Basic business principles – tips for online startups

Having encountered an increasing number of startups operating more wildly than the most casual of chook raffles, it would seem basic business principles aren’t as commonsense as I’d presumed.

Just had another businessperson ring my landline, leave a message and say ‘ring me back on this number’ without leaving their phone number. The same business that wanted me to email credit card details to pay a bill recently (that they were then going to email on to another person. They need to read their merchant facility provider’s fine print, before they end up in hot water.)

Perhaps I’ve learned far more by being a mailorder customer than I realised (yes I was doing vital business research over many years, when looking through mailorder catalogues, in print and online.)

Standard business practices exist for sound reasons.  If you are starting up an online business or a niche business selling at markets, get to know these standard practices thoroughly and understand the reasons for their existence.

Then, and only then, you can tweak these standard practices to suit your particular business and your customers, and run a business that will have a chance of surviving in a competitive market.

You might get away with a bodgy business setup when your business is cutting-edge fashionable and new, but as soon as competitors appear – as they will – you’ll be eating their dust if you don’t install fundamental best practices.

Here’s a list of basic online business do’s & don’t’s:

If you’re asking people for money:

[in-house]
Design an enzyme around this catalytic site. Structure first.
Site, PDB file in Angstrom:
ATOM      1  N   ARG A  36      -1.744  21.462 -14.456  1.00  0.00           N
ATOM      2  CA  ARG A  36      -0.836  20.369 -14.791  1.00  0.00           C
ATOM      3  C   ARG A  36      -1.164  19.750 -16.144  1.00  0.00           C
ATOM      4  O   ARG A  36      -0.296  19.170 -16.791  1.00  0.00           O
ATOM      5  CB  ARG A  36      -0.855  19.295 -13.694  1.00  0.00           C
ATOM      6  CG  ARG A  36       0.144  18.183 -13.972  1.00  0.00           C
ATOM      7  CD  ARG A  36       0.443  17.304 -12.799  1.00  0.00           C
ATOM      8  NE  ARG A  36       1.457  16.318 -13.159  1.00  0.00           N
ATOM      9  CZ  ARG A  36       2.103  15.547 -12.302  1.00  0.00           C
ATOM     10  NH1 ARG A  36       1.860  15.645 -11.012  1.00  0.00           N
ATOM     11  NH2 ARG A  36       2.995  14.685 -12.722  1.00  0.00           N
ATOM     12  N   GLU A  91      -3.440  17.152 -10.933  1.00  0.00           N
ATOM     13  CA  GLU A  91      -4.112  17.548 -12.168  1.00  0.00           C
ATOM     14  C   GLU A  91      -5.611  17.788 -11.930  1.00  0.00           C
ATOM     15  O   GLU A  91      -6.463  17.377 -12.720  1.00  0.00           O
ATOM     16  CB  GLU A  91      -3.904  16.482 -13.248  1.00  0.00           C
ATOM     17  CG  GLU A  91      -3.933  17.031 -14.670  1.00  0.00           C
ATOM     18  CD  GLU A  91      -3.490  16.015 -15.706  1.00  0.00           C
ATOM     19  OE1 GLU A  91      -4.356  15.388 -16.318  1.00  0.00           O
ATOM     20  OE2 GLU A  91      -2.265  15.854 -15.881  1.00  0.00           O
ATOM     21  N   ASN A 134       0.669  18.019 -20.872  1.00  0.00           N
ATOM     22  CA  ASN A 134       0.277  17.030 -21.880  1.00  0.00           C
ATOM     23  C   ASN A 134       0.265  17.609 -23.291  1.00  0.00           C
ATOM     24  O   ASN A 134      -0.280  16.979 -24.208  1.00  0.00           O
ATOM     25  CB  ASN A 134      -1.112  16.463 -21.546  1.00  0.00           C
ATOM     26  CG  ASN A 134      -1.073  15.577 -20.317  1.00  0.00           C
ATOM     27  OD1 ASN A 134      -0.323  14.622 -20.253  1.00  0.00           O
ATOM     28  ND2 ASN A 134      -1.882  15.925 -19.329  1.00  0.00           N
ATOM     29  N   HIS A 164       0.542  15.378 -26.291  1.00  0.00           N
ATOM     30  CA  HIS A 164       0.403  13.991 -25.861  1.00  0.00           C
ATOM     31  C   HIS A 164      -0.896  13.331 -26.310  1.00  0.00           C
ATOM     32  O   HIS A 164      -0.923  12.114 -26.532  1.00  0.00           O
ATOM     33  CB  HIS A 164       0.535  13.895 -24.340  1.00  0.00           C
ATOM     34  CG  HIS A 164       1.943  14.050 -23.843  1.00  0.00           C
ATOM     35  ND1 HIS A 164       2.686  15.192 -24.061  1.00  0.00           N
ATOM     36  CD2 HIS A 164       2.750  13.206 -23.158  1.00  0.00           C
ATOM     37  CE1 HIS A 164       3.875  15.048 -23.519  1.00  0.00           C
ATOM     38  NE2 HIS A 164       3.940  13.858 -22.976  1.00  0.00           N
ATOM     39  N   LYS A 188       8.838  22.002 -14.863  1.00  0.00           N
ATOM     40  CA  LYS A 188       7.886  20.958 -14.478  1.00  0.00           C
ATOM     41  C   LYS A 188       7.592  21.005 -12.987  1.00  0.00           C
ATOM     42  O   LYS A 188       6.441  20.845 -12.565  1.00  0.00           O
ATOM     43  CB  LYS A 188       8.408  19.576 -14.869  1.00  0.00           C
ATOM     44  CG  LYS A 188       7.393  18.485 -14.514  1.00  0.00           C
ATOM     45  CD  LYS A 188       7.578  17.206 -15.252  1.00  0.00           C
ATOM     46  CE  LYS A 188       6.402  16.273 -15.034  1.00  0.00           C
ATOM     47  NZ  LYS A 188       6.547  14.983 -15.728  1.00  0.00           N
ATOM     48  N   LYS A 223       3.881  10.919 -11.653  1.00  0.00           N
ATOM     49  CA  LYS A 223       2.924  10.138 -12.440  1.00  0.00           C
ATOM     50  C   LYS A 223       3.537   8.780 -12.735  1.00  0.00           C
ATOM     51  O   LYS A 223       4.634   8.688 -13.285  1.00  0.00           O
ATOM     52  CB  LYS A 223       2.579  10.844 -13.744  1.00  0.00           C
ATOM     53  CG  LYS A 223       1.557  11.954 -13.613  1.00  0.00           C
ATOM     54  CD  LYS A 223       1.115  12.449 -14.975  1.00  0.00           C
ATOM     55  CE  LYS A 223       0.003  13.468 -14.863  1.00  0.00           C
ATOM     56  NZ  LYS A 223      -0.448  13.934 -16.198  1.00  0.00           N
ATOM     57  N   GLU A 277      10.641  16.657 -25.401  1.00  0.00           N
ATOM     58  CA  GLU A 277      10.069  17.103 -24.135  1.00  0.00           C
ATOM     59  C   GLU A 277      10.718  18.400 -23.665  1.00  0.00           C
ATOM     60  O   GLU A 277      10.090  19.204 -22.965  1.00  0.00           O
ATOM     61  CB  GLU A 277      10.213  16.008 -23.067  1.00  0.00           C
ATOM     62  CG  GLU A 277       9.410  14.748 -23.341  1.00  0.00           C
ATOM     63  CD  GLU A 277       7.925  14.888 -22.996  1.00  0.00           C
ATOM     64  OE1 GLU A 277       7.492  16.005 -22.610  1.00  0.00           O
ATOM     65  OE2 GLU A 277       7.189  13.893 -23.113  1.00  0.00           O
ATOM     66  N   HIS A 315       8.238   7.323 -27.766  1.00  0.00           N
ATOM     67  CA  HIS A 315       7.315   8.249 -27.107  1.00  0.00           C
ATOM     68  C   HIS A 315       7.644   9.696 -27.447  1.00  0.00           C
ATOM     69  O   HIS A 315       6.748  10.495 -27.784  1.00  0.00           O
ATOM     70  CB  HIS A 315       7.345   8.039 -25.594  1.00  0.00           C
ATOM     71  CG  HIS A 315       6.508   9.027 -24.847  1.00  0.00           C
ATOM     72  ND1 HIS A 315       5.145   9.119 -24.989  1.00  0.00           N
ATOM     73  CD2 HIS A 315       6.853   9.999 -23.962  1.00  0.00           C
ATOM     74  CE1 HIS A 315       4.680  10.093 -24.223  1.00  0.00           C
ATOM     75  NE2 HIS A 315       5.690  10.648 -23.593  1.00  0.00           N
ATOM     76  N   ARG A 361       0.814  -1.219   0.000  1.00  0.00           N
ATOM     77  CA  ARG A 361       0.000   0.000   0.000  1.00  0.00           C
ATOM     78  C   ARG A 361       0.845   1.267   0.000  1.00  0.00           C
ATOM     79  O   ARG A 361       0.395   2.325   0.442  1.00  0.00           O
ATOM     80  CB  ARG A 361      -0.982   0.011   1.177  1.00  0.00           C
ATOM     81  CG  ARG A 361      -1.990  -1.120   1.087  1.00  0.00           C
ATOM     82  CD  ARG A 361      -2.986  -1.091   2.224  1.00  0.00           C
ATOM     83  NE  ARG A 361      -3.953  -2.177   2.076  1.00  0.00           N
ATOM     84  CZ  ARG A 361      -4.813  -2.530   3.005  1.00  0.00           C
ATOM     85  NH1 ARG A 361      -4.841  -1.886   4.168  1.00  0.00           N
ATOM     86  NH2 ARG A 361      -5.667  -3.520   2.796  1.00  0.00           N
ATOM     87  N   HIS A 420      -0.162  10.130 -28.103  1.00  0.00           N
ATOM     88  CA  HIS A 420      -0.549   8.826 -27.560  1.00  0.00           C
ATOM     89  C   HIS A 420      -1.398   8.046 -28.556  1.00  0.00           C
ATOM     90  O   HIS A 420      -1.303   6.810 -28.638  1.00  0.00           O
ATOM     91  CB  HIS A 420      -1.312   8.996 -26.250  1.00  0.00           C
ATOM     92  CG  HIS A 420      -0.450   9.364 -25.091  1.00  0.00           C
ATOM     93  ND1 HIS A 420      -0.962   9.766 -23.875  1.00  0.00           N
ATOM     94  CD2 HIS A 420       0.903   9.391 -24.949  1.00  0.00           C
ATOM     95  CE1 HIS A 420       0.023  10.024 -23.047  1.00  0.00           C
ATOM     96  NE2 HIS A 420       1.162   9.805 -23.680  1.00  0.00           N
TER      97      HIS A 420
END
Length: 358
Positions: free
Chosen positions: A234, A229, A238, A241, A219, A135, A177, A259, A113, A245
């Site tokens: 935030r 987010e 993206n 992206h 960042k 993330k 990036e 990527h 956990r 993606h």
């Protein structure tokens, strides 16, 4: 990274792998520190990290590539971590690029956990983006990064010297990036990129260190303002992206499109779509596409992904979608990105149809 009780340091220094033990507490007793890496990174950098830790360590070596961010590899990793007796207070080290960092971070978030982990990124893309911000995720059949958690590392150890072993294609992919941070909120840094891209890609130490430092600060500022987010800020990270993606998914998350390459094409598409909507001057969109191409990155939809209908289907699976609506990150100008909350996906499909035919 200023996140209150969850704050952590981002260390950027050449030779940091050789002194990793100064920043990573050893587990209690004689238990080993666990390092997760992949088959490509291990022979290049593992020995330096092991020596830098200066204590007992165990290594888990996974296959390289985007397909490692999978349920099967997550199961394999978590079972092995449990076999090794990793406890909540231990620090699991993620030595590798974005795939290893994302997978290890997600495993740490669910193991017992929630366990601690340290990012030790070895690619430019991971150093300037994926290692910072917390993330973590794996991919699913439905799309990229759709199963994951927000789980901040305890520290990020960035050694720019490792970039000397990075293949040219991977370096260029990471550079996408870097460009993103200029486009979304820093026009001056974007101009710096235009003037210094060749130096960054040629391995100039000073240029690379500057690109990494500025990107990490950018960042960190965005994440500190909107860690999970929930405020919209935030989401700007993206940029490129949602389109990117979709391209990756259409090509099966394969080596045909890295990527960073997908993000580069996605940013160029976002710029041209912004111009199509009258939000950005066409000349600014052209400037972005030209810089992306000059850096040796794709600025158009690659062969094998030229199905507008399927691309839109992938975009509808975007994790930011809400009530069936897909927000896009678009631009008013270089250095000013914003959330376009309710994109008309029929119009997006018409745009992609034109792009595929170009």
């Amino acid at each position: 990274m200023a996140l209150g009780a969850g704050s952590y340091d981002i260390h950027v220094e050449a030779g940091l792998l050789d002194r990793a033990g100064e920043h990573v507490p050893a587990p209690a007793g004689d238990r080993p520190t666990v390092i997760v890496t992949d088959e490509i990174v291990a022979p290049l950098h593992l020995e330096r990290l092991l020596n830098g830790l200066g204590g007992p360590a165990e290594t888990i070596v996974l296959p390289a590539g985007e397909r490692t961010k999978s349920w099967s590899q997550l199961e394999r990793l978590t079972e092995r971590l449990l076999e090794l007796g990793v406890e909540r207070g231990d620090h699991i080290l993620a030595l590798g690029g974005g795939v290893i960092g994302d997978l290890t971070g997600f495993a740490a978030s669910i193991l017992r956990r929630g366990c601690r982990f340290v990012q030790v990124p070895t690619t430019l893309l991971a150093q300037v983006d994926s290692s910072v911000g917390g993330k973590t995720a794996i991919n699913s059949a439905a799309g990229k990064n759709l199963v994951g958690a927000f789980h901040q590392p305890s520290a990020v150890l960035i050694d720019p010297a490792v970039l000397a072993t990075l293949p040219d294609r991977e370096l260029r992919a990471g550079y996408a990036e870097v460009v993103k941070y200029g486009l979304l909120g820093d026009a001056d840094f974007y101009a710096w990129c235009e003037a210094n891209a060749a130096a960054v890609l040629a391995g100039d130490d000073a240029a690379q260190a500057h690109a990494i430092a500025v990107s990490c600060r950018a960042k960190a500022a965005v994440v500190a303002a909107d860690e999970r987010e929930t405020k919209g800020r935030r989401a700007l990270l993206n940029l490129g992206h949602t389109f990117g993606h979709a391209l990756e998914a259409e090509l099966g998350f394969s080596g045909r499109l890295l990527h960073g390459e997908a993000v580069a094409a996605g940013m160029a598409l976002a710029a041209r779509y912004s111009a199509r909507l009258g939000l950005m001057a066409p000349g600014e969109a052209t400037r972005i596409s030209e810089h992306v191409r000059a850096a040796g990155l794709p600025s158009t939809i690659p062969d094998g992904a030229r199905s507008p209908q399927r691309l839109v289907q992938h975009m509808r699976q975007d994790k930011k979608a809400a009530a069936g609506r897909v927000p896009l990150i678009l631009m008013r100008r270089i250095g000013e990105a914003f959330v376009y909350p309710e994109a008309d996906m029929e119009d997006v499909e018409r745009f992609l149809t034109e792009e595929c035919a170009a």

• To stay in a service or retail business long-term you must offer a service or product that is believed to be at least one of these three: (1) genuinely unique; (2) better quality; or (3) cheaper than the competition. The middle attribute – quality – is the brick house. Number 1 & 3 are the straw houses in danger of being blown away any minute.
  • If you don’t give prospective customers confidence (that they’ll get what they expect, it’s reasonable value for money, and have no difficulty sorting out potential after-sale problems), they won’t give you their money.

How do you give prospective customers confidence?

  • Include a decent ‘about’ section on your website.  (And yes, a website will give prospective customers far more confidence than a Facebook page.)  Include names and faces.  Who are you? Why do you do what you do? What do you care about? Explain what you do now AND what you did in the past, if you’ve only been in business a short while.  If you’ve just popped up like a mushroom overnight, with no backstory online anywhere, prospective customers are likely to conclude that you may disappear just as quickly.  Expecting people to buy from a pig in a poke is disrespectful and unreasonable.